In mental health settings, the process of obtaining, processing, and understanding information related to serious mental illnesses (i.e., mental health literacy in the clinical setting) has been addressed in the framework of psychoeducation, or education surrounding the nature and probable course of illness, available treatments, and healthcare/community resources (Edwards and McGorry 1997). Studies have documented the effectiveness of psychoeducation in terms of improved knowledge about schizophrenia and ratings of client satisfaction (Vreeland et al. 2006), reduced rehospitalization rates at 6 months (Vickar et al. 2009), improved attitudes and health perceptions (Gutiérrez-Maldonado et al. 2009), and reduced stigma (Alvidrez et al. 2009). Indeed, a 2011 Cochrane Collaboration meta-analysis demonstrated that psychoeducation improves adherence, reduces relapse/readmission, promotes social functioning, enhances satisfaction with mental health services, and improves quality of life (Xia et al. 2011). Yet, the authors concluded that the dearth of research in this area makes it difficult to evaluate the efficacy of different psychoeducational approaches. Another recent review suggests that future research must focus on service user-directed (rather than only family-directed) psychoeducation, especially among stable outpatients who may benefit more than do acutely symptomatic inpatients (Rummel-Kluge and Kissling 2008). Psychoeducational materials can be produced in various formats, though educational information is most often conveyed verbally or with printed materials that commonly contain psychiatric jargon and are written at a relatively high reading level. Although there are a multitude of existing resources available to people with schizophrenia that provide education, they may not be adequate and further mental health literacy research/development in this area is crucial.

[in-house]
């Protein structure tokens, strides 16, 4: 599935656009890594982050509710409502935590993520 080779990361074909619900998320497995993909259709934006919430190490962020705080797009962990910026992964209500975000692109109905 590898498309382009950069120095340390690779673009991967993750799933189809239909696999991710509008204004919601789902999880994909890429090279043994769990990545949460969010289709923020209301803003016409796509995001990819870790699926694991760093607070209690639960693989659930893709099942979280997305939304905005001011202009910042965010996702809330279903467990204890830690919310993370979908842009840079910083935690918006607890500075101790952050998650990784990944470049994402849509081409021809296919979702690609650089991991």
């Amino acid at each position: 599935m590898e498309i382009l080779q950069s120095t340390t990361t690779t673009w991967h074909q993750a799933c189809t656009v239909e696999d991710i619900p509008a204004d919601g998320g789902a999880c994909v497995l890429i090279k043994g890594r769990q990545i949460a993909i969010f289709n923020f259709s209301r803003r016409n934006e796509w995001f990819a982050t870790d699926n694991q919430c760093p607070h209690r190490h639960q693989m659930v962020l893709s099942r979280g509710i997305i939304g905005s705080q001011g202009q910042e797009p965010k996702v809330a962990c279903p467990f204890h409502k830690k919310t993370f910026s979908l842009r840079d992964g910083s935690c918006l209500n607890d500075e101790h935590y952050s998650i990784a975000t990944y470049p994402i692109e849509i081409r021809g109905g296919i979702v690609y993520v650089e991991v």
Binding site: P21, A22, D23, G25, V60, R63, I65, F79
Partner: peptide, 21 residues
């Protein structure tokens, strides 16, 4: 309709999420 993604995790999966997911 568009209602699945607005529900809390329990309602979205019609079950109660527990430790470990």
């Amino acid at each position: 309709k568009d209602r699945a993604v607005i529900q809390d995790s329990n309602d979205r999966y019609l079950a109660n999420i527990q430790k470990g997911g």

Incorporating visuals into health education materials has recently become a focus of research and practice for some illnesses. An Institute of Medicine workshop on the integration of health literacy, reducing health disparities, and quality improvement concluded that innovative communication methods used in other fields—such as pictures to communicate instructions for operating equipment/tools—should be used in healthcare (Chao et al. 2009). As an example of such innovation, DeWalt et al. (2004) developed and piloted a disease management program for low-literacy patients with congestive heart failure that included a visually based educational booklet comprised of nine modules. In a 3-month pre/post design (n = 25), the proportion of patients endorsing self-care behaviors increased significantly (32–100 %). In addition, symptom scores improved by 9.9 points over the 3-month study period, resembling improvements from medications (DeWalt et al. 2004).

Using novel, visually oriented aids is particularly promising as an approach to enhance mental health literacy of individuals with schizophrenia and related psychotic disorders who have substantial deficits in attention, learning, and memory. This article describes the process of collaboration with community partners; the feedback gathered from small, informal discussion groups; the development of psychoeducational tools; and overall “lessons learned” of a project focused on the development of colorful, engaging, visually based, psychosis-related health education tools for African Americans with limited health literacy.


Partners and Discussion Groups